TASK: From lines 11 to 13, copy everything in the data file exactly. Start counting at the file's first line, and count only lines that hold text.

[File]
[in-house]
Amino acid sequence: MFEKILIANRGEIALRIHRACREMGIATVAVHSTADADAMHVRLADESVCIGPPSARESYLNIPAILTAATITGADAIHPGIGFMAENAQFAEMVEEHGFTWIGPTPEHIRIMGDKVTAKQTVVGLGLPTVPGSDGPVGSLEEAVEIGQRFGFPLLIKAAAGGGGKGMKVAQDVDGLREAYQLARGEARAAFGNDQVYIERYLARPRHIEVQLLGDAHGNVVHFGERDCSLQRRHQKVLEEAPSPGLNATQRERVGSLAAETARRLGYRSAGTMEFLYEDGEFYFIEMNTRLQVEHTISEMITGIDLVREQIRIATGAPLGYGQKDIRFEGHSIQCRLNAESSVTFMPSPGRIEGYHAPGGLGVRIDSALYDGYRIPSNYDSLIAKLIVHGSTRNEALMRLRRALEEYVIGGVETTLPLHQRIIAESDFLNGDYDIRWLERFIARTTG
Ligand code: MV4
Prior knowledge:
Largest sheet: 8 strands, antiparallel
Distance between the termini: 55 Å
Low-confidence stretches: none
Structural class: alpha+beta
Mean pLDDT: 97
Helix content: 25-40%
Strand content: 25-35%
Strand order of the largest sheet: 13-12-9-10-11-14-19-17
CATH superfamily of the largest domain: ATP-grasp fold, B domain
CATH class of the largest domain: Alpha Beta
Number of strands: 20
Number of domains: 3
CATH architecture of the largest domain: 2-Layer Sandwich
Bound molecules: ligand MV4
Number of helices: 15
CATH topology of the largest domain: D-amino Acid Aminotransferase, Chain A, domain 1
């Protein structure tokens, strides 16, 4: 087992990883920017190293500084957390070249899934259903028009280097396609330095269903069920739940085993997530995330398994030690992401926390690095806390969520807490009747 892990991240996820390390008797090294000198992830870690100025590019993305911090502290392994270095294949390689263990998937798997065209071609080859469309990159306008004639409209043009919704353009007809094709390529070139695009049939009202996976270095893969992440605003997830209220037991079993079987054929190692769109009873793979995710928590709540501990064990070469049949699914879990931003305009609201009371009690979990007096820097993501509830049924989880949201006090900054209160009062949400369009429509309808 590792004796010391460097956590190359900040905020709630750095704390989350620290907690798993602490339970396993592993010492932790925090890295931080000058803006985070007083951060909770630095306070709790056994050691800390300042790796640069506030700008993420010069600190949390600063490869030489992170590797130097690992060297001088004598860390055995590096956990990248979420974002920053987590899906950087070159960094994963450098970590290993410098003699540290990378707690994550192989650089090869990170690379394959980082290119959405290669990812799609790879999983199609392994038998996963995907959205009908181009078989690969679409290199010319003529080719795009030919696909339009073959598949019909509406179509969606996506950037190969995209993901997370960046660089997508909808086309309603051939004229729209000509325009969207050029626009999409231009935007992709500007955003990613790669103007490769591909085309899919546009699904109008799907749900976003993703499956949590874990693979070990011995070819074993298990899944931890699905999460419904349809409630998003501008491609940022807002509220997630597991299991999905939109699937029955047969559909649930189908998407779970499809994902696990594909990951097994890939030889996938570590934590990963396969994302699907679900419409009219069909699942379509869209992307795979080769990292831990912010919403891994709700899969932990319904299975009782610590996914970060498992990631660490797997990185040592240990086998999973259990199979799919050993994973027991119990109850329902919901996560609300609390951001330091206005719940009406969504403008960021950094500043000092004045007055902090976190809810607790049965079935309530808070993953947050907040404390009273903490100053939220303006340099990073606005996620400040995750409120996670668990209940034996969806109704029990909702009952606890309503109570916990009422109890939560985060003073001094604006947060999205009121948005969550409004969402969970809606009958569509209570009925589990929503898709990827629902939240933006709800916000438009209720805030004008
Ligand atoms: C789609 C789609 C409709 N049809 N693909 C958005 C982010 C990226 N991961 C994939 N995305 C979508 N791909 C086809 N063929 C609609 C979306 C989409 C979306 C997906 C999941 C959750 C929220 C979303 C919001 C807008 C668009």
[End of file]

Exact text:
Strand content: 25-35%
Strand order of the largest sheet: 13-12-9-10-11-14-19-17
CATH superfamily of the largest domain: ATP-grasp fold, B domain